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Please use this identifier to cite or link to this item: http://arks.princeton.edu/ark:/88435/dsp01qb98mh938
Title: Flight Testing of a Blown Wing Configuration Aircraft
Authors: Li, Clement
Advisors: Stengel, Robert
Department: Mechanical and Aerospace Engineering
Class Year: 2016
Abstract: The leading cause of fatalities and accidents in aviation comes from loss of control in general aviation. Loss of control can result from stalls or control surface or actuator failure. While conventional methods of addressing these problems historically relies on pilot training and multiple back-up systems performing the same function, there may be other methods of increasing safety. Research is ongoing for a blown wing concept by NASA, placing multiple propellers along the leading edge of the wing to augment lift generation by increasing the dynamic pressure may also provide additional benefits for control redundancy and stall prevention. A five-foot wing span RC model was modified to use six propellers mounted along the leading edge of the wings. Control characteristics of the aircraft was analyzed using blade element momentum theory along with examining linearized lateral direction dynamics. An attempt to empirically investigate the control characteristics through flight testing were partially successful. The aircraft successfully flew multiple times. However, approval for flying outdoors was not obtained, and the indoor space was not large enough for maneuvering and testing. As a result, takeoffs followed by immediate landing were executed. Control characteristics were not investigated, because of the lack of space. Flaps were retrofitted to the aircraft in an attempt to reduce the airspeed, and the aircraft was flown again successfully.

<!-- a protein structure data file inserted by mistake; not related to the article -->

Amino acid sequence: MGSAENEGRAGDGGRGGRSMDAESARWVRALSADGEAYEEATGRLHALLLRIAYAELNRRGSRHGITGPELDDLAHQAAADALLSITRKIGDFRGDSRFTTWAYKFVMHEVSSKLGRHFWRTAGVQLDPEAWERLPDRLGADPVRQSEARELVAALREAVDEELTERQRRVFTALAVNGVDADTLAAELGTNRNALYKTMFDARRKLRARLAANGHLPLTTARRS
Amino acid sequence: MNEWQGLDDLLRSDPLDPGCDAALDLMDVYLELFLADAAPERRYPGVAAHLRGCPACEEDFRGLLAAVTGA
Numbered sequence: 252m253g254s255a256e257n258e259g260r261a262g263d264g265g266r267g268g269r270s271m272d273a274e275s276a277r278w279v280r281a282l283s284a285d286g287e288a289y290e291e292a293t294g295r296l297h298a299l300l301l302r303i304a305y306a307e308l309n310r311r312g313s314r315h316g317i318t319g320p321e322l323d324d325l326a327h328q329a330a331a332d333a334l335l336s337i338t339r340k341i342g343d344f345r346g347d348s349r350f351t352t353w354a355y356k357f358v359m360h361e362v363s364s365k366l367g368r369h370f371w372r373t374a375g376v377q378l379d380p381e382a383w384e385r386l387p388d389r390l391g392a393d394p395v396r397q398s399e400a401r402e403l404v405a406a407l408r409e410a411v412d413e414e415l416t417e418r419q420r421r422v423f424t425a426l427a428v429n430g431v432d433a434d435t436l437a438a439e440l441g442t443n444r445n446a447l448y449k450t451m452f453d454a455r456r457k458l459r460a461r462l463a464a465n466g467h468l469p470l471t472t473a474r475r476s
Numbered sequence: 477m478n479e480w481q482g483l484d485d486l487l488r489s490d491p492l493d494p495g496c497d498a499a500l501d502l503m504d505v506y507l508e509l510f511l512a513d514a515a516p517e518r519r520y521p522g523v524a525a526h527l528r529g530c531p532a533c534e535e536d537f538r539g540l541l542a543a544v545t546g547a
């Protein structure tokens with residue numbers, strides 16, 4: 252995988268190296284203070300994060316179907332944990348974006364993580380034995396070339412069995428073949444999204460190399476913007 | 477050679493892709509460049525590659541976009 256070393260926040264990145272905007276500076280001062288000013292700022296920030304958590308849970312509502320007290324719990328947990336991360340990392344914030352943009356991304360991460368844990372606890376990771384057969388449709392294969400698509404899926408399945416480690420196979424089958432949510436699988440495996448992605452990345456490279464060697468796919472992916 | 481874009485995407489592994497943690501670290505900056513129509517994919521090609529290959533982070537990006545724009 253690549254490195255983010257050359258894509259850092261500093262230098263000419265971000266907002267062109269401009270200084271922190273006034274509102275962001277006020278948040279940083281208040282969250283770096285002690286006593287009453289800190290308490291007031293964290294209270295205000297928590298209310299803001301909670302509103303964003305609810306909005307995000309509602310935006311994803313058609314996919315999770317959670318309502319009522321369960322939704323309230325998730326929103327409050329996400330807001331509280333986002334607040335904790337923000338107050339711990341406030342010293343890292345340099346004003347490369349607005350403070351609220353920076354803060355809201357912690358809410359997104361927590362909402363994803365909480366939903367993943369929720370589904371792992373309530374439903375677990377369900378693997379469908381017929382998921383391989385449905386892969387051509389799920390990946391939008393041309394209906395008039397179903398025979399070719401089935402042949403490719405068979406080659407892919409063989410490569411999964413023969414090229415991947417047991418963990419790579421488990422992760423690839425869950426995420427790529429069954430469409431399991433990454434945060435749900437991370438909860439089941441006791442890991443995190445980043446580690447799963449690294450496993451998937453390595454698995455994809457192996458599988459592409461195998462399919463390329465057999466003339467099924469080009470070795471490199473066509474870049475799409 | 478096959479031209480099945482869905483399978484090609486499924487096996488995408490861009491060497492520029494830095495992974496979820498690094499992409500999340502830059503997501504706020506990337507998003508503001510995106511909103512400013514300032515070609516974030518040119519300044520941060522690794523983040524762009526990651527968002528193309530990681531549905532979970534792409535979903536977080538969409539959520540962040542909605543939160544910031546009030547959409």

Extent: 55 pages
URI: http://arks.princeton.edu/ark:/88435/dsp01qb98mh938
Type of Material: Princeton University Senior Theses
Language: en_US
Appears in Collections:Mechanical and Aerospace Engineering, 1924-2016

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